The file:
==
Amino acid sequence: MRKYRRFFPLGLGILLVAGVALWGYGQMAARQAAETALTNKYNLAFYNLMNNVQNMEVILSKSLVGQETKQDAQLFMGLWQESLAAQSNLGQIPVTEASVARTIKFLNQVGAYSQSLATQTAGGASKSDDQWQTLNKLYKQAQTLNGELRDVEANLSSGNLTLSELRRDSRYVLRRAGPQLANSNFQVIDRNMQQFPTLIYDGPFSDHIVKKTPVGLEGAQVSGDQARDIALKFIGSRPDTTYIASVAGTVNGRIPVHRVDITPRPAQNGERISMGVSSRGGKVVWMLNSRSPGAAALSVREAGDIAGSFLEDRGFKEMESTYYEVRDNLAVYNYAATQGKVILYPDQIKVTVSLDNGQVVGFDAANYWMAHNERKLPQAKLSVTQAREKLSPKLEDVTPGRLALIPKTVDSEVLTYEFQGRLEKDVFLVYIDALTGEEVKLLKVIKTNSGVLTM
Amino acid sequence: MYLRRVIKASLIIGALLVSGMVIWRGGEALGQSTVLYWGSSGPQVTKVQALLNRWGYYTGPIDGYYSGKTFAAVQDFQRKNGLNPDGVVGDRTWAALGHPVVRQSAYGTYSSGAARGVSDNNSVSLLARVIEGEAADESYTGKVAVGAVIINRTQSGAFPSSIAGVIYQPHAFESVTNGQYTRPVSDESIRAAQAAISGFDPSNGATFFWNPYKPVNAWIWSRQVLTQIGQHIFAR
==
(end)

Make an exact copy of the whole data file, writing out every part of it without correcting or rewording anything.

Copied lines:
Amino acid sequence: MRKYRRFFPLGLGILLVAGVALWGYGQMAARQAAETALTNKYNLAFYNLMNNVQNMEVILSKSLVGQETKQDAQLFMGLWQESLAAQSNLGQIPVTEASVARTIKFLNQVGAYSQSLATQTAGGASKSDDQWQTLNKLYKQAQTLNGELRDVEANLSSGNLTLSELRRDSRYVLRRAGPQLANSNFQVIDRNMQQFPTLIYDGPFSDHIVKKTPVGLEGAQVSGDQARDIALKFIGSRPDTTYIASVAGTVNGRIPVHRVDITPRPAQNGERISMGVSSRGGKVVWMLNSRSPGAAALSVREAGDIAGSFLEDRGFKEMESTYYEVRDNLAVYNYAATQGKVILYPDQIKVTVSLDNGQVVGFDAANYWMAHNERKLPQAKLSVTQAREKLSPKLEDVTPGRLALIPKTVDSEVLTYEFQGRLEKDVFLVYIDALTGEEVKLLKVIKTNSGVLTM
Amino acid sequence: MYLRRVIKASLIIGALLVSGMVIWRGGEALGQSTVLYWGSSGPQVTKVQALLNRWGYYTGPIDGYYSGKTFAAVQDFQRKNGLNPDGVVGDRTWAALGHPVVRQSAYGTYSSGAARGVSDNNSVSLLARVIEGEAADESYTGKVAVGAVIINRTQSGAFPSSIAGVIYQPHAFESVTNGQYTRPVSDESIRAAQAAISGFDPSNGATFFWNPYKPVNAWIWSRQVLTQIGQHIFAR